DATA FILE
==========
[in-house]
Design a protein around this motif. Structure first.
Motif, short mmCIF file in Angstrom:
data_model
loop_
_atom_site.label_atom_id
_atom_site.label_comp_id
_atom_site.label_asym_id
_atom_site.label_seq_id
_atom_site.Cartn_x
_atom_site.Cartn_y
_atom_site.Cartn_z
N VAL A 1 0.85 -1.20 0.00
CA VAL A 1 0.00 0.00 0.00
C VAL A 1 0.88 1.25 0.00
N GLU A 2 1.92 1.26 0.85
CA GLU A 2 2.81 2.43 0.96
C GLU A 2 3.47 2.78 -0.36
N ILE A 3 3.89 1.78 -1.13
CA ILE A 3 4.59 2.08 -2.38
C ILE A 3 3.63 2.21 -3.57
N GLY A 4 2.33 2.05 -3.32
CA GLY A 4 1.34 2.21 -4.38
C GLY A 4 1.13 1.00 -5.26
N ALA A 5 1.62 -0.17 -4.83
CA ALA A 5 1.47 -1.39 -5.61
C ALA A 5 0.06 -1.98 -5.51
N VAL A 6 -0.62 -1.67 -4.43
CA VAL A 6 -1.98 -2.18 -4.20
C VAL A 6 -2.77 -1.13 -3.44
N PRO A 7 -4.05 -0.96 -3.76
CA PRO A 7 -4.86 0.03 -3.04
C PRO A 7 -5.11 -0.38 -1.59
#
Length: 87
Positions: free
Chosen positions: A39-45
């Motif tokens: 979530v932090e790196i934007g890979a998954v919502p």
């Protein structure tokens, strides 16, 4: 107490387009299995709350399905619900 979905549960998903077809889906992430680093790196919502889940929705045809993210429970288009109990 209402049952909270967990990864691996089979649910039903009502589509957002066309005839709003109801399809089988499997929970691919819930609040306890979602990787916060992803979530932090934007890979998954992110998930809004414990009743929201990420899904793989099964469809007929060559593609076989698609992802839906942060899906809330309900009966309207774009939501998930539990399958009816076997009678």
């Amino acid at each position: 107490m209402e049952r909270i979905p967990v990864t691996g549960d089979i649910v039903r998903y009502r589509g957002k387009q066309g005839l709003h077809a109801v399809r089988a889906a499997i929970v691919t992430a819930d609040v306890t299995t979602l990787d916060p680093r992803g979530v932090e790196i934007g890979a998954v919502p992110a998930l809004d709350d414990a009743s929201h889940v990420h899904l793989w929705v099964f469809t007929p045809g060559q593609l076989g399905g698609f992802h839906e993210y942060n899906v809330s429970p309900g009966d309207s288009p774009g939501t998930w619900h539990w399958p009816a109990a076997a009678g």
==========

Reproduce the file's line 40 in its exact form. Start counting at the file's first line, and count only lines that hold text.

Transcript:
């Amino acid at each position: 107490m209402e049952r909270i979905p967990v990864t691996g549960d089979i649910v039903r998903y009502r589509g957002k387009q066309g005839l709003h077809a109801v399809r089988a889906a499997i929970v691919t992430a819930d609040v306890t299995t979602l990787d916060p680093r992803g979530v932090e790196i934007g890979a998954v919502p992110a998930l809004d709350d414990a009743s929201h889940v990420h899904l793989w929705v099964f469809t007929p045809g060559q593609l076989g399905g698609f992802h839906e993210y942060n899906v809330s429970p309900g009966d309207s288009p774009g939501t998930w619900h539990w399958p009816a109990a076997a009678g």